Son of a Dragoon Guards officer, Evans went straight to Sandhurst from school, one of only five non-university candidates on his course. “I felt I didn’t want to go to university just because it was expected.”
He says he started serious crosscountry track and road running in 2016. “Fitness in the army is a big deal and very important for the job. I spent 10 months in Kenya where it seems nearly everyone does longdistance running.
“Then I discovered trail running, did my first ultra-marathon in the Brecon Beacons - which I managed to win - and it’s been a roller-coaster ride ever since.”
Evans knew about the formidable Marathon des Sables, but it was the Cracknell documentary that decided him to enter. “I also had two friends who had completed the race the year before. They had finished in the top 300. I said I could beat that and they said I couldn’t. I did it for a bet, really.
“It would be only my second endurance race and you couldn’t find anything harder. I managed to get into the 2017 race but my preparations were disjointed due to work commitments. I managed to get some quality weeks of training in Lanzarote but I hadn’t trained on sand. I was heading into the unknown. Talk about a steep learning curve!”
His training regime for the gruelling event was largely his own creation and involved long runs without fully hydrating to accustom his body to being short of water. He planned to carry just 1.5 litres and refill it at each checkpoint - many runners lugged around double that amount.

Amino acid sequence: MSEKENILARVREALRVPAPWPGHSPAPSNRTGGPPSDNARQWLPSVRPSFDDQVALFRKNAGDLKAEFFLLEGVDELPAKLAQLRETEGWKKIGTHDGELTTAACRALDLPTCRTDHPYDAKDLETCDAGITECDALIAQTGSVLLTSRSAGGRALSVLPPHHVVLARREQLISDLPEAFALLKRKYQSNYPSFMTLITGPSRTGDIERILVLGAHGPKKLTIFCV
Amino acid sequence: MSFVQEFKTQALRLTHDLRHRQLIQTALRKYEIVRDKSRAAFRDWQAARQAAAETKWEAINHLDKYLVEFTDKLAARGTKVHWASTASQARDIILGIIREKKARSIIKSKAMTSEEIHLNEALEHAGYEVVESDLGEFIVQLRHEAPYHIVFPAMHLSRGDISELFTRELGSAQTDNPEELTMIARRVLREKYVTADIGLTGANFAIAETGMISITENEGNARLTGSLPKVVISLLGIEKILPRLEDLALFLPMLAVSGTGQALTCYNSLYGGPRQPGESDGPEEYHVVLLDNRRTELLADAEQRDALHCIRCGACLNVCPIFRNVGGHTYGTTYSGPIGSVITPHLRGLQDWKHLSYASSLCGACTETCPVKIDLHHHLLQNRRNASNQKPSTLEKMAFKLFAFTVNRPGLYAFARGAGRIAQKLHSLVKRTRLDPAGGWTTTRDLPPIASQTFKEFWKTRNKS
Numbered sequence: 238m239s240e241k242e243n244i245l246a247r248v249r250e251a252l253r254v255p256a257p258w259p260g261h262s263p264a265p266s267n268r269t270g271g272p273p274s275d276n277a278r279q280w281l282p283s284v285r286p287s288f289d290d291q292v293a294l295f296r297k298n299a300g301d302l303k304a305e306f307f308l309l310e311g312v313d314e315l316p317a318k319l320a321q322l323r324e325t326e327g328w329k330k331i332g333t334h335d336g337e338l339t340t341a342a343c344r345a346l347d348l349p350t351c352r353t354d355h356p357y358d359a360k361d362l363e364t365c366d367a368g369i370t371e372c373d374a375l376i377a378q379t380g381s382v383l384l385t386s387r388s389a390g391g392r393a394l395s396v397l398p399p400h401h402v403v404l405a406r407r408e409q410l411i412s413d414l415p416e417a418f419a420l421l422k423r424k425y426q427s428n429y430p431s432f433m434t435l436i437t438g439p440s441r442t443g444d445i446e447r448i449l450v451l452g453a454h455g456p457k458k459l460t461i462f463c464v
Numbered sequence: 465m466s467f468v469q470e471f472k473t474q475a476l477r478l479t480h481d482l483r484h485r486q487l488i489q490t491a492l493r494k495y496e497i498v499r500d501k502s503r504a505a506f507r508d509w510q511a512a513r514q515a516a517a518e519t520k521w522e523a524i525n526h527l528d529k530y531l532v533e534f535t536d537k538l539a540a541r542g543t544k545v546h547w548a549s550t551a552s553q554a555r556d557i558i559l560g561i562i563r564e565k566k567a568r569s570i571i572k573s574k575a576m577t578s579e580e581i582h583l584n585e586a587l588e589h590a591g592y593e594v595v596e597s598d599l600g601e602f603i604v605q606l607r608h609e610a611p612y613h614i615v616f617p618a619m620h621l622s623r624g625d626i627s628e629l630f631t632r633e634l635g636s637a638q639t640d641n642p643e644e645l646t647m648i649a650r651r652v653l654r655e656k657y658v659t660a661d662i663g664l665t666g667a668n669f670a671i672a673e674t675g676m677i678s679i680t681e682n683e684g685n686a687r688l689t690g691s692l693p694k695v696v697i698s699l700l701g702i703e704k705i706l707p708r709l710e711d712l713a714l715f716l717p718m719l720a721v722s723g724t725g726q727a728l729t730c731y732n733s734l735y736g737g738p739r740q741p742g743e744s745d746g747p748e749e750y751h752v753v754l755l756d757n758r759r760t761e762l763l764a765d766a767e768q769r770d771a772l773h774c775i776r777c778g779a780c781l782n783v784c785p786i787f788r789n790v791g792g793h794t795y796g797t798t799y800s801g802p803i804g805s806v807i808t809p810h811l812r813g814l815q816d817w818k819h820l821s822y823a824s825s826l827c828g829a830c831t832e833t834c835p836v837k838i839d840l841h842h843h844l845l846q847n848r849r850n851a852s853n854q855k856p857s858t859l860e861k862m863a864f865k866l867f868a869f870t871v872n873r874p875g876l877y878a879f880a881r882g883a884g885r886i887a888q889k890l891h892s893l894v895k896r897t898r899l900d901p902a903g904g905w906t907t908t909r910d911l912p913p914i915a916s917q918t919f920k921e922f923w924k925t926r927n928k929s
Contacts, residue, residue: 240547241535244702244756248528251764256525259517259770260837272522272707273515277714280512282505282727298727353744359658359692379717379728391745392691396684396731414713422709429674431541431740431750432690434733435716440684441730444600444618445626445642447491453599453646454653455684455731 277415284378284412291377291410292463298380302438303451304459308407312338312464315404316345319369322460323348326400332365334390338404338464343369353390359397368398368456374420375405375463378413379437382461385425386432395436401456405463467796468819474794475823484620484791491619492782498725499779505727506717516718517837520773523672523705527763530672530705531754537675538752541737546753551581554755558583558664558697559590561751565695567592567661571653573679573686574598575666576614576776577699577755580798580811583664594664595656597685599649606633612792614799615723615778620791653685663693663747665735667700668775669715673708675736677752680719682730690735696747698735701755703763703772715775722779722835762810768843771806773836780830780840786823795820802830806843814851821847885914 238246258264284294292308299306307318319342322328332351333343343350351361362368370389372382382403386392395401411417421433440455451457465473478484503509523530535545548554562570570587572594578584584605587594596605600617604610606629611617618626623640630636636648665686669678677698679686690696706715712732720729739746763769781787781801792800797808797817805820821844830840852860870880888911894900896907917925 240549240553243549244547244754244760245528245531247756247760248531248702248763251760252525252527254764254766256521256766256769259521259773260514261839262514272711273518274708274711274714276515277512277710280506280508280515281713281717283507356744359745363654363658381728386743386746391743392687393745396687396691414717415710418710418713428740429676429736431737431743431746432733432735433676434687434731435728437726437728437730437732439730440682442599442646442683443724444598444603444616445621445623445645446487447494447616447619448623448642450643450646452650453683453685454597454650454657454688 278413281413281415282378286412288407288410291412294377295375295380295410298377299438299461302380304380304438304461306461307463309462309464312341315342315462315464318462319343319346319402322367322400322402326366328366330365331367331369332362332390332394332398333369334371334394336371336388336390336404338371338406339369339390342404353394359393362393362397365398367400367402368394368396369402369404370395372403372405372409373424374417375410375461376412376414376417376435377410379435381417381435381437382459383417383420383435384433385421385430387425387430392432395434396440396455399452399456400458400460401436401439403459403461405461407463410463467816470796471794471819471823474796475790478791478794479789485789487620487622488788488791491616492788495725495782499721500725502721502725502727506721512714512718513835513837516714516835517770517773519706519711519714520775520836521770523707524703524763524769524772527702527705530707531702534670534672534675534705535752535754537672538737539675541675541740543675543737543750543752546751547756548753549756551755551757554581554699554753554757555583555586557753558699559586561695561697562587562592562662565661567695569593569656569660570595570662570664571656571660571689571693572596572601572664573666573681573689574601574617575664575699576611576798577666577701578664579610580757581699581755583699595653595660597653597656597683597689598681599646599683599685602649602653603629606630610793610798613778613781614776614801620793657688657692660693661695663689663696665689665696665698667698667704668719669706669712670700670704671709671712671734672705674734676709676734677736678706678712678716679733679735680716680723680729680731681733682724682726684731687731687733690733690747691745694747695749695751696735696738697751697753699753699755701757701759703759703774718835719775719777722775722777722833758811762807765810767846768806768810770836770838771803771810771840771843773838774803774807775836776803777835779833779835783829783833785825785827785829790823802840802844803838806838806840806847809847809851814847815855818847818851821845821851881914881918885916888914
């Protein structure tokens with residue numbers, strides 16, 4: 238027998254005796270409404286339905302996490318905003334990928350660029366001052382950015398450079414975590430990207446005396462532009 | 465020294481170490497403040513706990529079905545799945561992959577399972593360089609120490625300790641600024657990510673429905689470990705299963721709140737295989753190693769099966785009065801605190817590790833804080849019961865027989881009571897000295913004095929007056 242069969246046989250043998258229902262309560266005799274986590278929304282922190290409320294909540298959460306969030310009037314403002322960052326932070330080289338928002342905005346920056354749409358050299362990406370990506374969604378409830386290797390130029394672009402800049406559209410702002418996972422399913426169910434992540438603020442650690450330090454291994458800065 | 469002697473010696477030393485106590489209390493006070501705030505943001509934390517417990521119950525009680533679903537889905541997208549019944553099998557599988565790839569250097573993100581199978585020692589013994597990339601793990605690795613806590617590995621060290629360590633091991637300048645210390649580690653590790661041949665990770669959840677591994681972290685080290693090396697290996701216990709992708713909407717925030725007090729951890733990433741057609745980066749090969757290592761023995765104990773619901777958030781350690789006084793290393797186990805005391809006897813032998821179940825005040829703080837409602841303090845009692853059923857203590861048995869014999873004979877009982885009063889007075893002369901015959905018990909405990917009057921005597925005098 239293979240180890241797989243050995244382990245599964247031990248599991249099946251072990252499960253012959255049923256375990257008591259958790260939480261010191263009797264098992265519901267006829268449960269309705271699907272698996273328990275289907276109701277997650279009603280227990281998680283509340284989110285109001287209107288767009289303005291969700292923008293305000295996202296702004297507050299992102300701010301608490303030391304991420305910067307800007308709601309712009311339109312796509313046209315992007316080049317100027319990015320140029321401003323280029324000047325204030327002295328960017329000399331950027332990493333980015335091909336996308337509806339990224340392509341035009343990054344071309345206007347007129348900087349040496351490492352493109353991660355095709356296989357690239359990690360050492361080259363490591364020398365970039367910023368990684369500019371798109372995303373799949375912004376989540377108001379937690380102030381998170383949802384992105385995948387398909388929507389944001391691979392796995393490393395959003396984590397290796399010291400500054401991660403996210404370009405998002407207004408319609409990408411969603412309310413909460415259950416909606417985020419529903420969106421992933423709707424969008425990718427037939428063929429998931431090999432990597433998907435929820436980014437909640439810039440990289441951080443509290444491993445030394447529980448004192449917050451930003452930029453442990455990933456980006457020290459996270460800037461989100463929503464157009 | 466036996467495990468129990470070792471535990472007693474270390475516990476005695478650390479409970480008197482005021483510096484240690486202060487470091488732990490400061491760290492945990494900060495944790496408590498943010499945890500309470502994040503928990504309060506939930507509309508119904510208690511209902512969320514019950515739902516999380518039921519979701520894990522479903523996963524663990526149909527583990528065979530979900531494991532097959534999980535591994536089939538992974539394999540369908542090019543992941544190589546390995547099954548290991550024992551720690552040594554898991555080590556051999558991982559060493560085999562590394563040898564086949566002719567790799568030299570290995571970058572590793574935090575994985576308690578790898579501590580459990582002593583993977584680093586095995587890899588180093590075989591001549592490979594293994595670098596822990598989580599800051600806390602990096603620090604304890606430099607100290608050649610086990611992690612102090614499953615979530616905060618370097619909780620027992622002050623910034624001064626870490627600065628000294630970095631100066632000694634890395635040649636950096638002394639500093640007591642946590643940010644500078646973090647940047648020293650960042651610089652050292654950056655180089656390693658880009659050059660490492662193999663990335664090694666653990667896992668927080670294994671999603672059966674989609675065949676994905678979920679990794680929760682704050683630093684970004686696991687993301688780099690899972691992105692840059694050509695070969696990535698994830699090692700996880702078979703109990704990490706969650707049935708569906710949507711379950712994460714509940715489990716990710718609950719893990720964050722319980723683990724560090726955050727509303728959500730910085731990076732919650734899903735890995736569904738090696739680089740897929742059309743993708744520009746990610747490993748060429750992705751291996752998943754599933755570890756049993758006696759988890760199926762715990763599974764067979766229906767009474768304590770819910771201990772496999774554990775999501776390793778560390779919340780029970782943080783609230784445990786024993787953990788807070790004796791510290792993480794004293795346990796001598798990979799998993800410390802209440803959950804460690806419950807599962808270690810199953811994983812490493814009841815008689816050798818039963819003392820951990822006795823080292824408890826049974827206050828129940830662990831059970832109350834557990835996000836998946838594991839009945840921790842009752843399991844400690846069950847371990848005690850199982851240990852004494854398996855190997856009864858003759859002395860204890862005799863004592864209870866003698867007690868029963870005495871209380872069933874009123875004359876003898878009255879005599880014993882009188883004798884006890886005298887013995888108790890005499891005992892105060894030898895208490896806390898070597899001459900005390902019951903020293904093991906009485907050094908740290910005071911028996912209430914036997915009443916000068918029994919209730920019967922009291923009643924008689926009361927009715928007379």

“I found that running the Marathon des Sables was similar to being in the military and the mindset you need when you are cold, tired, dehydrated and haven’t eaten much. It’s about looking after your body and getting the best performance out of yourself when the chips are down
“A lot of people say your body will do what your mind tells it to and to me that was the key. I saw it as a huge physical challenge and I wanted to test myself to see what I was capable of.”
Evans had never run in anger on sand before and says he learned sand and dune running techniques actually during the race from the Moroccan runners around him. “I doubled my knowledge every single day of how to run on the sand and deal with the heat.”
Incredibly, he came third, the first Englishman to reach the podium, pipped at the post by two Moroccan brothers, one the defending champion. Overnight, Evans became the new star on the ultra running scene.
Ever the realist, he remembers: “My goal for the race was to finish in the top 20 which I thought was going to be a serious challenge. I surprised myself by coming third just as much as everyone else.
“There were only seconds in it. You can say ‘What if?’ but that time in Morocco was an incredible experience and I wouldn’t change it for the world. All I can say is I’ll be older and hopefully wiser when I compete there again next year.”
And the future? “The current world champion is in his early 40s,” Evans says.”I intend to carry on for as long as possible, barring injuries and other mishaps.
“You’ve got to be sensible - a lot of talented youngsters do too much too soon and end up burning themselves out. I will be very careful, working with my coach and my sponsors to perform at the highest level without taking too many risks.
“My motto is: ‘Learn to love the things you were taught to fear.’ The future as an elite athlete will be tough and not always that pleasant, but you’ve got to learn to love what you do because you know it’s going to lead to bigger and better things.”